U.S., China business leaders want robust economic relations
As the winds of U.S.-China trade tension blow stronger, Chinese and U.S. officials and corporate executives expressed concerns over the negative impact of the trade disputes, expressing hopes for healthier business relations between the two economic giants.
During an economic conference in Houston hosted by the China General Chamber of Commerce (CGCC) on Wednesday, which represents more than 1,500 Chinese and U.S. companies, the chamber’s chairman Xu Chen said in his opening remarks that “China and the U.S. are each other’s most important trading partners.”
Xu, who also serves as the president and chief executive officer of Bank of China USA, said that the escalating trade friction between the two economic giants is already reverberating throughout the economies of both countries and worldwide.
“As you are all well aware, the recent tariff dispute has barely begun, but already has caused significant negative effects across sectors in both economies and world markets,” Xu said at the conference called “Chinese Investment in the U.S. — The Path Forward.”
“Cross-border investments have suffered and the increased costs for U.S. manufacturers will eventually be passed down to consumers,” he said. “Nearly every industry leader and commercial organization has lobbied the U.S. government to revise its strategy on tariffs and seek a greater compromise with the Chinese government.”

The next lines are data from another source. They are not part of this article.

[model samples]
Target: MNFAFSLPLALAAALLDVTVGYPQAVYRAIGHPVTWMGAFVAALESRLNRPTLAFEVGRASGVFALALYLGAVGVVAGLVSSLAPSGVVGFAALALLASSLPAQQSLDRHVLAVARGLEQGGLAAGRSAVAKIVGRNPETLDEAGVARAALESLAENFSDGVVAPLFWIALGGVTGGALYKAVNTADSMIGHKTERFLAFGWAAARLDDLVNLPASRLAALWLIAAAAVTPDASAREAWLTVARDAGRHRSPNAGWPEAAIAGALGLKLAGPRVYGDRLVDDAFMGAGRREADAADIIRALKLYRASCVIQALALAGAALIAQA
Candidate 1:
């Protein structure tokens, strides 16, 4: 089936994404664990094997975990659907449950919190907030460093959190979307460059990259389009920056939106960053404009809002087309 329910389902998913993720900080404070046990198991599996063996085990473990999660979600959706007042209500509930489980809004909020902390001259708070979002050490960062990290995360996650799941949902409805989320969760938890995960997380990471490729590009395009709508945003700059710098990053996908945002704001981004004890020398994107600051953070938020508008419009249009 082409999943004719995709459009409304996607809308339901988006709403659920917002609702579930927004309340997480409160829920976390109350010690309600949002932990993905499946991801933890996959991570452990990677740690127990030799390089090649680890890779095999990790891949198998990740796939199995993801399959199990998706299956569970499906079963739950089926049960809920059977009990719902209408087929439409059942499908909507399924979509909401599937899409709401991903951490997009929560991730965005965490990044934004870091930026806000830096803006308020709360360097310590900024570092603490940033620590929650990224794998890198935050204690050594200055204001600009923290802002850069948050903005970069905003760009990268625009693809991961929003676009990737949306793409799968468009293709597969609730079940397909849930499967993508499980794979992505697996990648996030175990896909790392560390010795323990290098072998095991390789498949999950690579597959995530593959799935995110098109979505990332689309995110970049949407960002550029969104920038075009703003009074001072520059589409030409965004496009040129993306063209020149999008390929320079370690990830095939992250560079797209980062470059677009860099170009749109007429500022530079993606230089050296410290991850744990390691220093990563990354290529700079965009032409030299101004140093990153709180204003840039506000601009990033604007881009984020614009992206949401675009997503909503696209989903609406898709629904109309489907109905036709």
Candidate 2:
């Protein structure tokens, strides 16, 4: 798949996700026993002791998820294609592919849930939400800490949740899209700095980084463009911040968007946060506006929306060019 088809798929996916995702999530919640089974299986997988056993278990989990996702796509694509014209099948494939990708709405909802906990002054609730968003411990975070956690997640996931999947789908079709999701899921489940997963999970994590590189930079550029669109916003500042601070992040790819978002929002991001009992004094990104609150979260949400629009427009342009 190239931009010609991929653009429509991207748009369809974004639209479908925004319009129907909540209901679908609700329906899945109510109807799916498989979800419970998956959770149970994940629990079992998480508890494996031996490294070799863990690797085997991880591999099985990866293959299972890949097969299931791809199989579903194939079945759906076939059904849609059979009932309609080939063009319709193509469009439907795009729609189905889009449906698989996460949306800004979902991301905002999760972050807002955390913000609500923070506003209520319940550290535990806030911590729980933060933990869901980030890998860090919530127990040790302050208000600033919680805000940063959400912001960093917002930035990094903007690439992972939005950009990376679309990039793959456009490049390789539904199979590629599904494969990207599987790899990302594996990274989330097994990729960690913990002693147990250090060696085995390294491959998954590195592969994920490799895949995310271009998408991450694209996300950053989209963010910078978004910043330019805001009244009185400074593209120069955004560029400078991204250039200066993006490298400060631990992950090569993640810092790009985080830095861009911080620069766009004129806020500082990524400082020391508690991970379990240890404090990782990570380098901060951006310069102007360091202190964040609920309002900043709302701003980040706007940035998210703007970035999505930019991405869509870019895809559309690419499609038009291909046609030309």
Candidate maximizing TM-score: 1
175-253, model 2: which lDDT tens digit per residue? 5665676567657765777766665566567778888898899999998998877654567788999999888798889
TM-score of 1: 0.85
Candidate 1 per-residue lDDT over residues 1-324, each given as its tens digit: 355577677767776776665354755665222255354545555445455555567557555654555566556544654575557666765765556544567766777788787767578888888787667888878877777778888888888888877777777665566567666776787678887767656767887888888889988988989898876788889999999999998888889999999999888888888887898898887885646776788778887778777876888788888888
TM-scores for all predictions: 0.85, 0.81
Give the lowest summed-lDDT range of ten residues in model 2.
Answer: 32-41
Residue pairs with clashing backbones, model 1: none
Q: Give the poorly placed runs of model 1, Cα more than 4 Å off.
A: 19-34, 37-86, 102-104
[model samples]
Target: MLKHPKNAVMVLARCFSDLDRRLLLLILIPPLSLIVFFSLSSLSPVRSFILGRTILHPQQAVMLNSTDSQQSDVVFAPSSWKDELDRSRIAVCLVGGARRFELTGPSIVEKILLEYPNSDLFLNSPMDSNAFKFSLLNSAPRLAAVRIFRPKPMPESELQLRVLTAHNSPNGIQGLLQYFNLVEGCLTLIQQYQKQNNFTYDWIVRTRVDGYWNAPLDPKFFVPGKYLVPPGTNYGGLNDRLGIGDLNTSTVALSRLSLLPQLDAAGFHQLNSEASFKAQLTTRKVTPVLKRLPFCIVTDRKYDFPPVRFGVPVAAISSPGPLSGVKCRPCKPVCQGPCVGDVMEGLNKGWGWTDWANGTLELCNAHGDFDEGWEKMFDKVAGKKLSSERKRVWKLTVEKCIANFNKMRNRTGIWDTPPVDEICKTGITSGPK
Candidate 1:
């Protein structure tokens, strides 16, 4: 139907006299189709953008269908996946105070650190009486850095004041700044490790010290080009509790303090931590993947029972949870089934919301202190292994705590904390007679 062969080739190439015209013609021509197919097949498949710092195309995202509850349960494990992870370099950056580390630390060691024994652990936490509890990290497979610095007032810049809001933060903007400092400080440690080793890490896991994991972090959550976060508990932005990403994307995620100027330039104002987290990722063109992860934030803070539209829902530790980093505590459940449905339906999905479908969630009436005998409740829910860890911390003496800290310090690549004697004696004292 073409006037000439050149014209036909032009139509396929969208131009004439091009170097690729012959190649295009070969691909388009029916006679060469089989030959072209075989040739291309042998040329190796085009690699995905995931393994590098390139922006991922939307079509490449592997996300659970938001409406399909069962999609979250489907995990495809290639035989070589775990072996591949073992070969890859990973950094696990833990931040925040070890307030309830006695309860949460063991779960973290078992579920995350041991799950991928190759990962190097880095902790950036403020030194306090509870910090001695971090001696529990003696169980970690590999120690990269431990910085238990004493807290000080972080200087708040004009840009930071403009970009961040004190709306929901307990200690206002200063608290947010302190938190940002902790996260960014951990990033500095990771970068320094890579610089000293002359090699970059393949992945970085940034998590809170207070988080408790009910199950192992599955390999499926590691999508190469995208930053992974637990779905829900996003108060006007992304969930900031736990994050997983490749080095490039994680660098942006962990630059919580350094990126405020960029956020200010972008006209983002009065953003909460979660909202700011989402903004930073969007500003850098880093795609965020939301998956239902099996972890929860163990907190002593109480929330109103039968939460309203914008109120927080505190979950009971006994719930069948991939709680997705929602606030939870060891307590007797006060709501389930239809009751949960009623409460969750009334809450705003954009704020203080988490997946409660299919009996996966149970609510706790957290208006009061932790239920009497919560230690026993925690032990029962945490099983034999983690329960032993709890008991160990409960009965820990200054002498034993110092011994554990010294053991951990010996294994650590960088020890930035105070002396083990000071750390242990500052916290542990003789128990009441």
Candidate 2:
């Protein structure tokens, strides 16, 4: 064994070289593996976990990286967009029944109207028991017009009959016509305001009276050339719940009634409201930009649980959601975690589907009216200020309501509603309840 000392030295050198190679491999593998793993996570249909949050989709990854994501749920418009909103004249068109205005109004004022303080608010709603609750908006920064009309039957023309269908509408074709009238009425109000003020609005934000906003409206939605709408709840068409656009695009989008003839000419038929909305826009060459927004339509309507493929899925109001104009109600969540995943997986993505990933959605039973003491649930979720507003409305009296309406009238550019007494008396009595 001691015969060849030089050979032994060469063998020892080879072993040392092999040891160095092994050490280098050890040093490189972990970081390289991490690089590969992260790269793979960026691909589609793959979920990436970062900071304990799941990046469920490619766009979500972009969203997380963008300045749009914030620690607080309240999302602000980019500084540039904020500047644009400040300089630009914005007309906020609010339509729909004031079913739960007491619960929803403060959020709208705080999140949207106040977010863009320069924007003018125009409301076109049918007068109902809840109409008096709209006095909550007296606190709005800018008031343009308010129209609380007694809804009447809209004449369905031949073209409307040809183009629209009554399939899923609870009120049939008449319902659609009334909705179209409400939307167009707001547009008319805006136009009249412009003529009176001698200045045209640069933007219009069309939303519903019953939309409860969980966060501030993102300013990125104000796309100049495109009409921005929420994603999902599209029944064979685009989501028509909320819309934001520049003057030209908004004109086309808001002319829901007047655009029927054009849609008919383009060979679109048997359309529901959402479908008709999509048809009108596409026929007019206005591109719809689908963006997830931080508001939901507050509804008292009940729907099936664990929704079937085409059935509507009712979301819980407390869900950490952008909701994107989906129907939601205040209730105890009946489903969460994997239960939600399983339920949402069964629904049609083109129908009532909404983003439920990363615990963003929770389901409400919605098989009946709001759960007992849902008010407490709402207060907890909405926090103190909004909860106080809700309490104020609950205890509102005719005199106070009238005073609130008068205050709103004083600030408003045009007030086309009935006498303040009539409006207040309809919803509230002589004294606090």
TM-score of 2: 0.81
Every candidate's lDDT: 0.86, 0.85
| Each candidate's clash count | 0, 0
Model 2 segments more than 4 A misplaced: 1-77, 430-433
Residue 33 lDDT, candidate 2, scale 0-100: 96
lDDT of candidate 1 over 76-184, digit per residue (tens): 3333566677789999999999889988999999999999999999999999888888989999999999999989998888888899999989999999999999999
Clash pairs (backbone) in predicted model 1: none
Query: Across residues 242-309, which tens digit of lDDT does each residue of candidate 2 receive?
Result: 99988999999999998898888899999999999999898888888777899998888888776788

The CGCC reported in its 2018 annual survey that Chinese investments have created more than 200,000 U.S. jobs, and CGCC members invested more than 120 billion U.S. dollars in the U.S. economy.
Xu also said that over the last decade, U.S. exports to China have far outpaced exports to the rest of the world, with U.S. goods being shipped to China growing by 86 percent, while the growth rate of goods for other countries across the globe only stands at 21 percent.
“During the recent U.S. Trade Representative hearings on the matter, nearly 360 representatives from American companies voiced their opposition to the current trade war, which suggests that the tariff strategy is both incoherent and causing serious disruption to the global supply chains,” Xu said.
In a separate report by the U.S. Chamber of Commerce (USCC), a non-governmental trade group that lobbies on behalf of U.S. businesses, the USCC also expressed its concerns about the tariffs.
The group said in an Aug. 24 posting on its website that the decision by the Trump administration to impose a 25-percent tariff on Chinese imports prompted China to retaliate by levying its own tariffs on U.S.-made goods.
“It will hit American consumers and businesses — including manufacturers, farmers, and technology companies — with higher costs on commonly used products and materials, and as a result, it stands to slow the United States’ recent economic resurgence,” the USCC warned.
Corporate executives also voiced their Concerns about economic damage from escalating trade tension in the conference.
“We have been concerned over the climate of the current trade dispute with China,” said Bob Harvey, president and CEO of the Greater Houston Partnership.
“It has the potential of very negatively impacting the Houston economy and even impacting our long-term future,” Harvey said.
Charlie Yao, president and CEO of YCI Methanol One, a 5-billion-dollar Chinese petrochemical company in Houston, said the “vast majority” of his company’s employees are based in the United States.
During the conference, Fort Bend County Judge Bob Hebert, who holds office in a county that adjoins Houston’s Harris County, said he and other Fort Bend officials have been working for years trying to attract Chinese companies to his county.
“We have over the years developed a position that says, ‘Fort Bend is open for business.'” Herbert said.